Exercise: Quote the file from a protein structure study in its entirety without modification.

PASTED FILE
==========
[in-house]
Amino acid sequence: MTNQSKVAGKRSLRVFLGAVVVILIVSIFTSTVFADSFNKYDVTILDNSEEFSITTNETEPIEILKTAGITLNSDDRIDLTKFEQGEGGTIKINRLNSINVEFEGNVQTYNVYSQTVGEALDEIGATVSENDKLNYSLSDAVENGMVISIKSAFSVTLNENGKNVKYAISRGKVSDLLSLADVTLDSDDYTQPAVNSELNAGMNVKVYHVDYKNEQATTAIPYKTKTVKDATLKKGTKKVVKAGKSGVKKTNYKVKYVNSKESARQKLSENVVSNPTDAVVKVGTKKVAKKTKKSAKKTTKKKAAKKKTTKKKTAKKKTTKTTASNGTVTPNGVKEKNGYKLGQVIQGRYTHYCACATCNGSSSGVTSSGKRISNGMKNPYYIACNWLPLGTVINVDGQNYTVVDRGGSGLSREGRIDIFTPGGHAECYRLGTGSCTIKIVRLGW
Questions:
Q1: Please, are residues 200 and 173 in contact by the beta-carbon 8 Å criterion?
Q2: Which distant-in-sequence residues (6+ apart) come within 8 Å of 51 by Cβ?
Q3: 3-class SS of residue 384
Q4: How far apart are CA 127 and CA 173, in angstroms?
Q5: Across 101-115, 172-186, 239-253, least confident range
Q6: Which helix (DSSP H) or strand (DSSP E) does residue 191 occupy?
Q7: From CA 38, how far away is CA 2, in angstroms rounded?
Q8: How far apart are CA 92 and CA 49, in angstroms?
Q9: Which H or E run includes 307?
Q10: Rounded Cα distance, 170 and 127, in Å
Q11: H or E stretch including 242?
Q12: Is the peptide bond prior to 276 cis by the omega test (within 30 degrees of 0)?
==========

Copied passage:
[in-house]
Amino acid sequence: MTNQSKVAGKRSLRVFLGAVVVILIVSIFTSTVFADSFNKYDVTILDNSEEFSITTNETEPIEILKTAGITLNSDDRIDLTKFEQGEGGTIKINRLNSINVEFEGNVQTYNVYSQTVGEALDEIGATVSENDKLNYSLSDAVENGMVISIKSAFSVTLNENGKNVKYAISRGKVSDLLSLADVTLDSDDYTQPAVNSELNAGMNVKVYHVDYKNEQATTAIPYKTKTVKDATLKKGTKKVVKAGKSGVKKTNYKVKYVNSKESARQKLSENVVSNPTDAVVKVGTKKVAKKTKKSAKKTTKKKAAKKKTTKKKTAKKKTTKTTASNGTVTPNGVKEKNGYKLGQVIQGRYTHYCACATCNGSSSGVTSSGKRISNGMKNPYYIACNWLPLGTVINVDGQNYTVVDRGGSGLSREGRIDIFTPGGHAECYRLGTGSCTIKIVRLGW
Questions:
Q1: Please, are residues 200 and 173 in contact by the beta-carbon 8 Å criterion?
Q2: Which distant-in-sequence residues (6+ apart) come within 8 Å of 51 by Cβ?
Q3: 3-class SS of residue 384
Q4: How far apart are CA 127 and CA 173, in angstroms?
Q5: Across 101-115, 172-186, 239-253, least confident range
Q6: Which helix (DSSP H) or strand (DSSP E) does residue 191 occupy?
Q7: From CA 38, how far away is CA 2, in angstroms rounded?
Q8: How far apart are CA 92 and CA 49, in angstroms?
Q9: Which H or E run includes 307?
Q10: Rounded Cα distance, 170 and 127, in Å
Q11: H or E stretch including 242?
Q12: Is the peptide bond prior to 276 cis by the omega test (within 30 degrees of 0)?